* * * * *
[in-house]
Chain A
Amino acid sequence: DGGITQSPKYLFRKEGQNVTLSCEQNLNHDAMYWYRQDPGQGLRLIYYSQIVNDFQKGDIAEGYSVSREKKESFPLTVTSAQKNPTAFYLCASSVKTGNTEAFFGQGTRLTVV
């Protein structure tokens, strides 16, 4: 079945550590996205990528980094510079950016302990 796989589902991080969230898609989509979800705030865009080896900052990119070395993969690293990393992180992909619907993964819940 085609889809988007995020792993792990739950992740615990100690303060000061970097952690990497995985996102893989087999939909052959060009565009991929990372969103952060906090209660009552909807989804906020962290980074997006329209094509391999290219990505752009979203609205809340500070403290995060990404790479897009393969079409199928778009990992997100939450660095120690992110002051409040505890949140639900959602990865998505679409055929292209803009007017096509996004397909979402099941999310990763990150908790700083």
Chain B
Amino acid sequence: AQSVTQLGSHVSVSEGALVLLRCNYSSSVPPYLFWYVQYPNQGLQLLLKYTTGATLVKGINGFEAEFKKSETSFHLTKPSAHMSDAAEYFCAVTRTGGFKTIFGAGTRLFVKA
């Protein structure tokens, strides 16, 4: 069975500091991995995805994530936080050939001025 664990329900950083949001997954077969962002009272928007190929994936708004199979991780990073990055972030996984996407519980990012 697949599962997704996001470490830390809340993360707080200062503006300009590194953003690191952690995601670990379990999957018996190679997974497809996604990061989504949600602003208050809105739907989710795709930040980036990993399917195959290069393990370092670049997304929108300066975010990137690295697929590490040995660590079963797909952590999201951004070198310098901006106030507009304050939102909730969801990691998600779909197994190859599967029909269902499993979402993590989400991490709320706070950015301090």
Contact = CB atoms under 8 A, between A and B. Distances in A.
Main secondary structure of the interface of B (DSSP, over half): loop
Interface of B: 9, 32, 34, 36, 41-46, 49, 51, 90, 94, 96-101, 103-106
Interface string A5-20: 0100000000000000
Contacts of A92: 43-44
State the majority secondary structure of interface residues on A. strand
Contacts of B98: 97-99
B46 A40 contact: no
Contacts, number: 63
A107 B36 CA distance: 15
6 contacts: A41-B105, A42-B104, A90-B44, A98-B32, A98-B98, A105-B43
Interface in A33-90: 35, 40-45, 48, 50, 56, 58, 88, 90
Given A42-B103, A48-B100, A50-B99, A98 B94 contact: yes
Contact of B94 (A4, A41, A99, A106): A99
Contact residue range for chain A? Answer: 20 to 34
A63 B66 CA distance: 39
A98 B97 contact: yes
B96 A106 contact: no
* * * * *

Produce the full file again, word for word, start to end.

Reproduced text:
[in-house]
Chain A
Amino acid sequence: DGGITQSPKYLFRKEGQNVTLSCEQNLNHDAMYWYRQDPGQGLRLIYYSQIVNDFQKGDIAEGYSVSREKKESFPLTVTSAQKNPTAFYLCASSVKTGNTEAFFGQGTRLTVV
């Protein structure tokens, strides 16, 4: 079945550590996205990528980094510079950016302990 796989589902991080969230898609989509979800705030865009080896900052990119070395993969690293990393992180992909619907993964819940 085609889809988007995020792993792990739950992740615990100690303060000061970097952690990497995985996102893989087999939909052959060009565009991929990372969103952060906090209660009552909807989804906020962290980074997006329209094509391999290219990505752009979203609205809340500070403290995060990404790479897009393969079409199928778009990992997100939450660095120690992110002051409040505890949140639900959602990865998505679409055929292209803009007017096509996004397909979402099941999310990763990150908790700083």
Chain B
Amino acid sequence: AQSVTQLGSHVSVSEGALVLLRCNYSSSVPPYLFWYVQYPNQGLQLLLKYTTGATLVKGINGFEAEFKKSETSFHLTKPSAHMSDAAEYFCAVTRTGGFKTIFGAGTRLFVKA
């Protein structure tokens, strides 16, 4: 069975500091991995995805994530936080050939001025 664990329900950083949001997954077969962002009272928007190929994936708004199979991780990073990055972030996984996407519980990012 697949599962997704996001470490830390809340993360707080200062503006300009590194953003690191952690995601670990379990999957018996190679997974497809996604990061989504949600602003208050809105739907989710795709930040980036990993399917195959290069393990370092670049997304929108300066975010990137690295697929590490040995660590079963797909952590999201951004070198310098901006106030507009304050939102909730969801990691998600779909197994190859599967029909269902499993979402993590989400991490709320706070950015301090």
Contact = CB atoms under 8 A, between A and B. Distances in A.
Main secondary structure of the interface of B (DSSP, over half): loop
Interface of B: 9, 32, 34, 36, 41-46, 49, 51, 90, 94, 96-101, 103-106
Interface string A5-20: 0100000000000000
Contacts of A92: 43-44
State the majority secondary structure of interface residues on A. strand
Contacts of B98: 97-99
B46 A40 contact: no
Contacts, number: 63
A107 B36 CA distance: 15
6 contacts: A41-B105, A42-B104, A90-B44, A98-B32, A98-B98, A105-B43
Interface in A33-90: 35, 40-45, 48, 50, 56, 58, 88, 90
Given A42-B103, A48-B100, A50-B99, A98 B94 contact: yes
Contact of B94 (A4, A41, A99, A106): A99
Contact residue range for chain A? Answer: 20 to 34
A63 B66 CA distance: 39
A98 B97 contact: yes
B96 A106 contact: no